So, Boston. I guess we both had rather high expectations, which was bad, since we found the city to be just a
Back of Kalmar NyckelBack of Kalmar NyckelBack of Kalmar Nyckel

In the rear, they've put all the people giving money to the modern project. Seems very American, I guess, to mix old and new in this way, and to put forward the people who have donated money in this fashion. Interesting. (What is 'akterspegel' in English?)
little bit too much. The Boston Commons were a delight, and Columbus park was not bad either, but we had hoped to follow the "Freedom trail", a walk through central, old parts of Boston, but the only guidebook was just too expensive for our budget. Well, priorities, OK, but still. We got to follow the Black heritage trail for free instead, and that wasn't bad. And to eat, the Quincy market was very good, since it has tons of options. But still, I guess the heat wave killed us, so we eventually decided to focus on the outskirts, and to visit Cambridge north of central Boston the day after and to perhaps check out the ships and some viewpoints in the afternoon.
Right. And then to get to Cambridge should have been easy. No problem. Except the signs in Boston weren't not really good. We ended up crossin the river TWICE before going on the right way, and what should have taken about 15 minutes took us about an hour ... so we simply parked the car and got out for a beer in the area around the hostel. That was nice, we got an excellent dinner and I got
Kalmar NyckelKalmar NyckelKalmar Nyckel

Isn't she beautiful?
to taste a couple of strange Massachusetts beers, a Samuel Adams wit bier and a "Sherwood forest archer's ale".
Morning in Cambridge wasn't bad either, even though it's a small place, but we felt academic walking around the university area of Harvard university.
And then north.
We were heading for Salem, but took lunch at a mexican resto in Lexington. Then Klas gets out the guide book and realizes that we just have to make a stop before Salem. In the small place just close to Lexington, an American named Thoreau lived for a while. He's obviously a writer (no, I'd never heard of him ...) that wanted to live far away from the hustle in town ... so I understood why Klas really wanted to go there :-)
Hence, a trip to Walden pond and Thoreau's hut was next stop. This was a great idea, to get out in a forest, it eased our minds very good. SO that's another tip: Walden pond in Concord, between Boston and Salem!

And then Salem itself. I had left my camera somewhere and forgotten it, so I'm afraid I don't have any photos for uploading here, sorry!!
We got the tip
Swedish traces in WilmingtonSwedish traces in WilmingtonSwedish traces in Wilmington

The road leading to Fort Christina memorandum place :-)
to do the Salem Witch museum even if it's a bit tacky. Well, we can just pass on the following: don't. Unless you're really interested in exactly everything with witches, just don't spend your money here, buy a book or look it up at the library instead. It's badly done, old and torn and totally bereft of history, from a European point of view.

But do visit Salem otherwise, it was a really nice spot with the beautiful ship Friendship and a good atmosphere around the port.

So all this took a lot shorter time than we expected, and hence we returned to the motel south of Boston again, and as I said, returned on our last driving day to Providence, just for Klas to visit the Athenaeum and look at Lovecraft manuscripts (which he managed to do, but not the originals) and for me to write this.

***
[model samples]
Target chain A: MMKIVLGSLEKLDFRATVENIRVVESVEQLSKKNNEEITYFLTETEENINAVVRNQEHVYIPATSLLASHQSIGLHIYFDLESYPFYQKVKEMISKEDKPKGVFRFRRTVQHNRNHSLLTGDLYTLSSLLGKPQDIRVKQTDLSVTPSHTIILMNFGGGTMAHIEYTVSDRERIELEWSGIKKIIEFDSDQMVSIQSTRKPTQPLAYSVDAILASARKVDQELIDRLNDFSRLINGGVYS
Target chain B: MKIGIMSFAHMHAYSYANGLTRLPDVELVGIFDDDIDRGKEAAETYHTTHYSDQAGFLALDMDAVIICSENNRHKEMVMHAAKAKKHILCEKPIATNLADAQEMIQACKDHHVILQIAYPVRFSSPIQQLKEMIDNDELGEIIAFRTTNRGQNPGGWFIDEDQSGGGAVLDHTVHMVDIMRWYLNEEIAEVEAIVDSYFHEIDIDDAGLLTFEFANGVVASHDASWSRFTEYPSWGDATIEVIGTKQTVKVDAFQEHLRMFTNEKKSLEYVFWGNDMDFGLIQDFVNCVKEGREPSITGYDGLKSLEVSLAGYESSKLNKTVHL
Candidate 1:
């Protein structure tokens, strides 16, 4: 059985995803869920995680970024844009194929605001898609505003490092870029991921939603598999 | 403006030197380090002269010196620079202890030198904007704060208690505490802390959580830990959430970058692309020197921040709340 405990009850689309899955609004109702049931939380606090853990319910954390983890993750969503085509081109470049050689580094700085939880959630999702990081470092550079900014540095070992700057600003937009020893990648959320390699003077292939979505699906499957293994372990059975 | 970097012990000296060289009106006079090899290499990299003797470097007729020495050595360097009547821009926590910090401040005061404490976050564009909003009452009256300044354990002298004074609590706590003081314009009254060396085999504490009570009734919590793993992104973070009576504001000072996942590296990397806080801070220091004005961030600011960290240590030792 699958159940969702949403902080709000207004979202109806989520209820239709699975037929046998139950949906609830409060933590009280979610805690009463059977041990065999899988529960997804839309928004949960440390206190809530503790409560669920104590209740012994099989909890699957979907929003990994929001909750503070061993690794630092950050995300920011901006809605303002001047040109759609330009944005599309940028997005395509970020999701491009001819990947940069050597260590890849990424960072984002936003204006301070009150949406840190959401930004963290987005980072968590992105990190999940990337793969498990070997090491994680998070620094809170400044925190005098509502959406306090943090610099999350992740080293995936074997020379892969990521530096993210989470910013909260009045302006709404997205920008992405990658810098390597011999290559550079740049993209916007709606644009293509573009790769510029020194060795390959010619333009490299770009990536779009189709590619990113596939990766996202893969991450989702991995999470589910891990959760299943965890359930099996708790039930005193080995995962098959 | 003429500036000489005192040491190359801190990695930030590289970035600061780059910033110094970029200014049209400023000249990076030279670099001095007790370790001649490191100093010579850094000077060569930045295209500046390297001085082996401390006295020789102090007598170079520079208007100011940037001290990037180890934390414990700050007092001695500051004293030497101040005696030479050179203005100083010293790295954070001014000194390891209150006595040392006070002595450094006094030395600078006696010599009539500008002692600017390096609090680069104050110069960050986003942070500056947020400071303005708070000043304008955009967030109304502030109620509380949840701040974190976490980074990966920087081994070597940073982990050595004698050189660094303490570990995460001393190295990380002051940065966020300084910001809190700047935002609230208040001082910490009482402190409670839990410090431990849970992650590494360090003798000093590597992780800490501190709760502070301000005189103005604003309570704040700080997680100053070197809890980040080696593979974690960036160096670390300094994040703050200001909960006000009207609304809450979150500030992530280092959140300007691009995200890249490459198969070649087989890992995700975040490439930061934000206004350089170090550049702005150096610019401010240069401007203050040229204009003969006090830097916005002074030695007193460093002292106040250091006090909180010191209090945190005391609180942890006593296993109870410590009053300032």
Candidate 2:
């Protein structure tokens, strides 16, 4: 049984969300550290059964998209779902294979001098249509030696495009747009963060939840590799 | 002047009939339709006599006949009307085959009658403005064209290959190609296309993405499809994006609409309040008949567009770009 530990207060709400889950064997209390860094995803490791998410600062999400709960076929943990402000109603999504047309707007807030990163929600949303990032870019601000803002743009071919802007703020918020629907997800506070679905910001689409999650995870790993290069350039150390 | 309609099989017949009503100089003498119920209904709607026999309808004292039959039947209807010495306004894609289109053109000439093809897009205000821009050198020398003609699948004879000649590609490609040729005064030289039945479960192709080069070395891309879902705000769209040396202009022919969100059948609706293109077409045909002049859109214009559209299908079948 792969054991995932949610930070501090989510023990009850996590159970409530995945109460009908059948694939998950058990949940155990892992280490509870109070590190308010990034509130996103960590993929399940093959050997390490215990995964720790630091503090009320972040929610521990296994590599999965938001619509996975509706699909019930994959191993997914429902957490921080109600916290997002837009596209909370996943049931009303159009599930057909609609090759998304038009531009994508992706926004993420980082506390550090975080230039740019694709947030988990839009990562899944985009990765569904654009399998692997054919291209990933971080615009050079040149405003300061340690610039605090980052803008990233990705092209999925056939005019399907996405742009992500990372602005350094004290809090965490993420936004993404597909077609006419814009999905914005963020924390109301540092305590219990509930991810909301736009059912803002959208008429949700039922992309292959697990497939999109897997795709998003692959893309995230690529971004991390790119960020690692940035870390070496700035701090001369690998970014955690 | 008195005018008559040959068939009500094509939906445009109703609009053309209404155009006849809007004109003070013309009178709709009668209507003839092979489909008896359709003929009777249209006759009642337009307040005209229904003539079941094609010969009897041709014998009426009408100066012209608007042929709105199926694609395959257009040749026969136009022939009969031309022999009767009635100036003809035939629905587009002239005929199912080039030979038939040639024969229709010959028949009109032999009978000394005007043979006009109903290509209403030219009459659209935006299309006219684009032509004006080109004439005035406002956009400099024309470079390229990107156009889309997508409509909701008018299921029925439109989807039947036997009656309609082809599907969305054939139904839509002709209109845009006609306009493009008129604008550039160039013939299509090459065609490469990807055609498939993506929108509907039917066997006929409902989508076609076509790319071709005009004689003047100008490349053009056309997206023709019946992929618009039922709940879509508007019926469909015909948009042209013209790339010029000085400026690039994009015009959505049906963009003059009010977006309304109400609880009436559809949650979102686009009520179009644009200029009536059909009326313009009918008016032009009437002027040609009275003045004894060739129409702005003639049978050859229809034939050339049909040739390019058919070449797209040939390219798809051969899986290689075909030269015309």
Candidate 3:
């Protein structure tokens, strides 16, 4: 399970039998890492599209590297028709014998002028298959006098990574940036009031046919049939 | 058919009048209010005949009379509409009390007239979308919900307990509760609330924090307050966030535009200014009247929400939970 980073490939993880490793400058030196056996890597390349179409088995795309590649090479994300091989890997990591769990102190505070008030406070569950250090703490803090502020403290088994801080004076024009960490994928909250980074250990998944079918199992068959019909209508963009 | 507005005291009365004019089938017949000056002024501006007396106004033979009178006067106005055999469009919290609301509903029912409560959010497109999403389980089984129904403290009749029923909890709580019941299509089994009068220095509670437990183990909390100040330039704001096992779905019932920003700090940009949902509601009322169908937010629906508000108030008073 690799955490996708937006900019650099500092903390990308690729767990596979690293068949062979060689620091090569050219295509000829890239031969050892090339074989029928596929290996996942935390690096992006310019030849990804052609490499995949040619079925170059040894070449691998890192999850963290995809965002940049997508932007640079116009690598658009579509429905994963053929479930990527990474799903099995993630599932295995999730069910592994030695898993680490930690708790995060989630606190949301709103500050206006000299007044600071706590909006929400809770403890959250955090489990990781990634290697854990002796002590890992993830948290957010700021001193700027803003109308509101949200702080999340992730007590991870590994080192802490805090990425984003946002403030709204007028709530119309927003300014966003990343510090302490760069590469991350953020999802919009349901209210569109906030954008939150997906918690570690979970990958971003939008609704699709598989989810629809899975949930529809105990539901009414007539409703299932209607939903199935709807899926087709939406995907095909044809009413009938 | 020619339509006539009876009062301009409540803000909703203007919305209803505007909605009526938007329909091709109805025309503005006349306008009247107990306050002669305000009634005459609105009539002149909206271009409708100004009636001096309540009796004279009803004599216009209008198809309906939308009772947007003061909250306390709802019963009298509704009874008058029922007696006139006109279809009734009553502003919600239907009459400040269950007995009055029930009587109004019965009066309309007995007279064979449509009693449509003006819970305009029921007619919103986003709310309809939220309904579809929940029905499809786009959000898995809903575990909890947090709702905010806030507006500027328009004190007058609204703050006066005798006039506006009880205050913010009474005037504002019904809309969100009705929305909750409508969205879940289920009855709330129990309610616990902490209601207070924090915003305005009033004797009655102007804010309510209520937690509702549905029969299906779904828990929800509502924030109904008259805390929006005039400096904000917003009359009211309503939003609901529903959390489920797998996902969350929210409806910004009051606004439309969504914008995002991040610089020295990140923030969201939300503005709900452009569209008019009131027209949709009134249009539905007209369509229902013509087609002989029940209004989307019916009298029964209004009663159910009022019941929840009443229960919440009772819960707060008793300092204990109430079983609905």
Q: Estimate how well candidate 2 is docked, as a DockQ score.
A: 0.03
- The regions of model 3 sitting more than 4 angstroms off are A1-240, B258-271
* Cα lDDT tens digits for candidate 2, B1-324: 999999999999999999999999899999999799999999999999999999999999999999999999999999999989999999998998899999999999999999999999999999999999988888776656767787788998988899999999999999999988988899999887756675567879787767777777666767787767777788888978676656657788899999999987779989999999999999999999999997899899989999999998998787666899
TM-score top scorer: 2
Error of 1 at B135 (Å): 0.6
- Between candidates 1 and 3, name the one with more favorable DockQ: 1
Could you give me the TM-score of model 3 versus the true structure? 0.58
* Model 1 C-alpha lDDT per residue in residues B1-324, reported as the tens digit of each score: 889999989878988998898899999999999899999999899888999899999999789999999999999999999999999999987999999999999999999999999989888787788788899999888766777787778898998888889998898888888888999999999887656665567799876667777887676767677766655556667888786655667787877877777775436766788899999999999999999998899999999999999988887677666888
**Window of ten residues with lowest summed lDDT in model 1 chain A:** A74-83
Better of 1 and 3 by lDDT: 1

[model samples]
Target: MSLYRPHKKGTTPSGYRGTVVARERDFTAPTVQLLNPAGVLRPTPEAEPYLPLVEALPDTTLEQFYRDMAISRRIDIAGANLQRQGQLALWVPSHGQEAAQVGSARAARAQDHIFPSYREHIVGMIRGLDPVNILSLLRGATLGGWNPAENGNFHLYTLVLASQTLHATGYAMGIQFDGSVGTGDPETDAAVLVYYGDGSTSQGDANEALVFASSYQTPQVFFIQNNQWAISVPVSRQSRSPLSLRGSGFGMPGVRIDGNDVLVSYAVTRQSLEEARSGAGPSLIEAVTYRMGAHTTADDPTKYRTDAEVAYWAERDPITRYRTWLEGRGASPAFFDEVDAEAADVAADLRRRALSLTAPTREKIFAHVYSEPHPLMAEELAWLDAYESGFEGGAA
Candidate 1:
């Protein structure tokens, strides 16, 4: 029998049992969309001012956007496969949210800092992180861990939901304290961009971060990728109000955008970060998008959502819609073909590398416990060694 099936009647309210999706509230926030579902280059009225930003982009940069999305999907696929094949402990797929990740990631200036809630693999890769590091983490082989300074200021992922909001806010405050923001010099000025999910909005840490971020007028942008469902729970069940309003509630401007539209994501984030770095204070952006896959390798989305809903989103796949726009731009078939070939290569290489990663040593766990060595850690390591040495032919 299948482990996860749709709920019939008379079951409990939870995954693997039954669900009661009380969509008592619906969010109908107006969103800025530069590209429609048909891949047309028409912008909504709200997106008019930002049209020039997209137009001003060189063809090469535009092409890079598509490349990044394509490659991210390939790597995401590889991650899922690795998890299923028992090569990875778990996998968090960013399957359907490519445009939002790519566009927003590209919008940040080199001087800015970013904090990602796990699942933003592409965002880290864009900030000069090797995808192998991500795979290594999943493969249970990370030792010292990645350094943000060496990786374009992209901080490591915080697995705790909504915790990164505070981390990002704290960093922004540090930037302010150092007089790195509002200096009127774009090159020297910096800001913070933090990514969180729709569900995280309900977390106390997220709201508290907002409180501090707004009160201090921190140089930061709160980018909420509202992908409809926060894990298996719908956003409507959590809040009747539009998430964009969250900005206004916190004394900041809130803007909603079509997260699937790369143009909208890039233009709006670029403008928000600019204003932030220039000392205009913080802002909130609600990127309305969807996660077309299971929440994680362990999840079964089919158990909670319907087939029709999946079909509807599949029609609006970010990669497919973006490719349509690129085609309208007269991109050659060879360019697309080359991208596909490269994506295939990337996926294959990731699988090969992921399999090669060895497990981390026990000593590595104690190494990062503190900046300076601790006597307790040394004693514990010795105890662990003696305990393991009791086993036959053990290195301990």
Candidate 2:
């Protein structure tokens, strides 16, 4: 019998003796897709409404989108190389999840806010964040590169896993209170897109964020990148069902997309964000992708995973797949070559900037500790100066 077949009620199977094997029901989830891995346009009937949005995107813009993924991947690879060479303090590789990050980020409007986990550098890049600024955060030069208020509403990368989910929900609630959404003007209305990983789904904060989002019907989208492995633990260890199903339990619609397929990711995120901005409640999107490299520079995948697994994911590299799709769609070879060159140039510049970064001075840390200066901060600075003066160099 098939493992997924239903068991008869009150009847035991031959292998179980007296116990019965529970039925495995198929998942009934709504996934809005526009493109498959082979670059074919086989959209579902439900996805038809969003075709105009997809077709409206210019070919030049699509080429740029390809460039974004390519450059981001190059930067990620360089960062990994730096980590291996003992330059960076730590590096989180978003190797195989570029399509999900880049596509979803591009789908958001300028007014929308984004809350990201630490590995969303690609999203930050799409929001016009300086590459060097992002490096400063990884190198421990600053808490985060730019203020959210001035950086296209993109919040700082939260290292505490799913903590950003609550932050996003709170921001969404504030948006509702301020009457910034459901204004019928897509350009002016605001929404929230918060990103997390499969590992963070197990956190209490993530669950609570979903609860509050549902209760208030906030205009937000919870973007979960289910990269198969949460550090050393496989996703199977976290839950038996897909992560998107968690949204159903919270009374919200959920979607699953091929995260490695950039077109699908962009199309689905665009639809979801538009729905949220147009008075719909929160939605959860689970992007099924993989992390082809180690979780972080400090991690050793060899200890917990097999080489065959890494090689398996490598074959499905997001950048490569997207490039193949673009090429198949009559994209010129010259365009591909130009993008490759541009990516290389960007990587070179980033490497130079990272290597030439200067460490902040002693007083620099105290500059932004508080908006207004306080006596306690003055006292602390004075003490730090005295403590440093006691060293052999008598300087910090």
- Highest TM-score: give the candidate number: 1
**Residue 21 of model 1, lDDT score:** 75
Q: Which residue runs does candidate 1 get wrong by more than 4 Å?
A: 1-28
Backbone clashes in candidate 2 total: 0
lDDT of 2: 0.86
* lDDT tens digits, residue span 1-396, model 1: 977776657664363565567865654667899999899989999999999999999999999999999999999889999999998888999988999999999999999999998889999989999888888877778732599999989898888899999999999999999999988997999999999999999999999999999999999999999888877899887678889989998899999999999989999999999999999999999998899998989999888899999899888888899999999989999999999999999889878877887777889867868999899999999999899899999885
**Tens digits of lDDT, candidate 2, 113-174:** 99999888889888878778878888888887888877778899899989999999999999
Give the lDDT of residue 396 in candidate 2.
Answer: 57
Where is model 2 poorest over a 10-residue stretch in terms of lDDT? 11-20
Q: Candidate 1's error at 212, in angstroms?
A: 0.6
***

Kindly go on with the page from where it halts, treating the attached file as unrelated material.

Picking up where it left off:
And now, these last words of this entry is written after we have returned the car, without a scratch on it (phew) and managed to get all the way to Chicago.
But the trip is worth another entry, I'll write it in a few days.

Take care of yourselves, wherever you are!


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Memorandum in WilmingtonMemorandum in Wilmington
Memorandum in Wilmington

Those few of you who have been to Stenpiren in Goteborg might recognise the boat on top of the pillar. I didn't know Carl Milles made it, but the sign said so :-) So this is where the Swedes landed in 1638.
Oldest  house in WilmingtonOldest  house in Wilmington
Oldest house in Wilmington

So this is a rebuilt house that looks a tiny bit like the first ones in 1638. Notice the concrete in between the wood, please. WHY? *loud sigh* Why not just either not do it, or but new wood where the old was? Weird.
Oldest  house in Wilmington, 2Oldest  house in Wilmington, 2
Oldest house in Wilmington, 2

Read for yourselves!
River by Fort ChristinaRiver by Fort Christina
River by Fort Christina

This is the river they sailed up. I was there too, obviously :-) Seriously, Wilmington was not much for tourists, but the waterfront was a pleasant place to stroll along.
Post office PhiladelphiaPost office Philadelphia
Post office Philadelphia

A very beautiful post office! Actually, several US post offices in the NE are this beautiful. Here, I posted post cards for my grandmother :-)
Elfreth's alleyElfreth's alley
Elfreth's alley

The oldest and most beautiful street in Philadelphia. Peaceful and quiet, and no tourists!?
Elfreths alley signElfreths alley sign
Elfreths alley sign

Read for yourselves!
Lovecraft grave stoneLovecraft grave stone
Lovecraft grave stone

After having walked for what felt like hours, the nice guard drove before us to this small stone. He wasn't that good a writer, I think, but he is an icon among a lot of people. And please let's just forget his personal views on things, I know he was probably not very nice :-)
Lovecraft memorial stoneLovecraft memorial stone
Lovecraft memorial stone

At least this was a good reason to get a walk in Providence, this walk was really something I recommend .This stone is outside his old home.
Sam Adams memorial stoneSam Adams memorial stone
Sam Adams memorial stone

Samuel Adams did'nt really have anything to do with beer, as far as I have read, but at least the Sam Adams beer is good! He was a prominent fighter for the freedom of the US from the British and it seems he opposed slavery as well, so he deserves a fine sign!
Looks like home!Looks like home!
Looks like home!

A Stockholm boat in Boston! I just had to take a picture of the Falstaff from Wallenius Wilhelmsen lines. THis is from Columbus park in Boston, a good place to rest in, close by the Quincy market, where you can get a lot of good food!


31st July 2006

My stomping grounds
So now you've visited Boston, New England and Philly - all places I've spent a lot of time. And Elfreth's Alley I've walked, as I have the Swedish-American memorials of various sorts. There are many and most are better than what you've pointed to. Oh well! The grass is always greener ... Just to let you know that I read your blogs with pleasure and will look forward to hearing more when you return. And along the way. Sven
30th August 2009

The impressive "corridor"
I looked though all your old blogs and noticed that you have an Ake photo (the "corridor") in "Car week almost over". I call them corridors too, or sometimes tunnels. I just love those photos, as you probably have noticed in our blog, and one day I will make a book with only photos of "corridors. Ake